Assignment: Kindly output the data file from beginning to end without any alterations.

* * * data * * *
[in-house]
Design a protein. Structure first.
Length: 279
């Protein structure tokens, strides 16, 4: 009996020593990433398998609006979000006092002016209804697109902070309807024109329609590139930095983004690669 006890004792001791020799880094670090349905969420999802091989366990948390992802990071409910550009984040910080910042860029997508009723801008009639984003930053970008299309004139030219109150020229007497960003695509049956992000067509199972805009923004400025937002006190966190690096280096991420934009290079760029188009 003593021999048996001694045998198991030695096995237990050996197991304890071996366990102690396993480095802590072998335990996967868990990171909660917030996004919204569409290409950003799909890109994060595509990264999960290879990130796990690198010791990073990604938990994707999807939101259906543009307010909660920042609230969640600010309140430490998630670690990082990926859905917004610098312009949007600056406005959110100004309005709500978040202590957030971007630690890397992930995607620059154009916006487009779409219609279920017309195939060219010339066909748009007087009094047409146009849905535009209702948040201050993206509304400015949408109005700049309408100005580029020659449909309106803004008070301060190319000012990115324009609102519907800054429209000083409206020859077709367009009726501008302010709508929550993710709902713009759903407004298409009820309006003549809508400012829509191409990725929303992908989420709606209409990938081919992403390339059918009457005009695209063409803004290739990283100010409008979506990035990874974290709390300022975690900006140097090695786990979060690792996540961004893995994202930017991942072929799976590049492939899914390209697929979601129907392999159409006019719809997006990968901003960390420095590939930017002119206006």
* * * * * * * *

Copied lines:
[in-house]
Design a protein. Structure first.
Length: 279
């Protein structure tokens, strides 16, 4: 009996020593990433398998609006979000006092002016209804697109902070309807024109329609590139930095983004690669 006890004792001791020799880094670090349905969420999802091989366990948390992802990071409910550009984040910080910042860029997508009723801008009639984003930053970008299309004139030219109150020229007497960003695509049956992000067509199972805009923004400025937002006190966190690096280096991420934009290079760029188009 003593021999048996001694045998198991030695096995237990050996197991304890071996366990102690396993480095802590072998335990996967868990990171909660917030996004919204569409290409950003799909890109994060595509990264999960290879990130796990690198010791990073990604938990994707999807939101259906543009307010909660920042609230969640600010309140430490998630670690990082990926859905917004610098312009949007600056406005959110100004309005709500978040202590957030971007630690890397992930995607620059154009916006487009779409219609279920017309195939060219010339066909748009007087009094047409146009849905535009209702948040201050993206509304400015949408109005700049309408100005580029020659449909309106803004008070301060190319000012990115324009609102519907800054429209000083409206020859077709367009009726501008302010709508929550993710709902713009759903407004298409009820309006003549809508400012829509191409990725929303992908989420709606209409990938081919992403390339059918009457005009695209063409803004290739990283100010409008979506990035990874974290709390300022975690900006140097090695786990979060690792996540961004893995994202930017991942072929799976590049492939899914390209697929979601129907392999159409006019719809997006990968901003960390420095590939930017002119206006």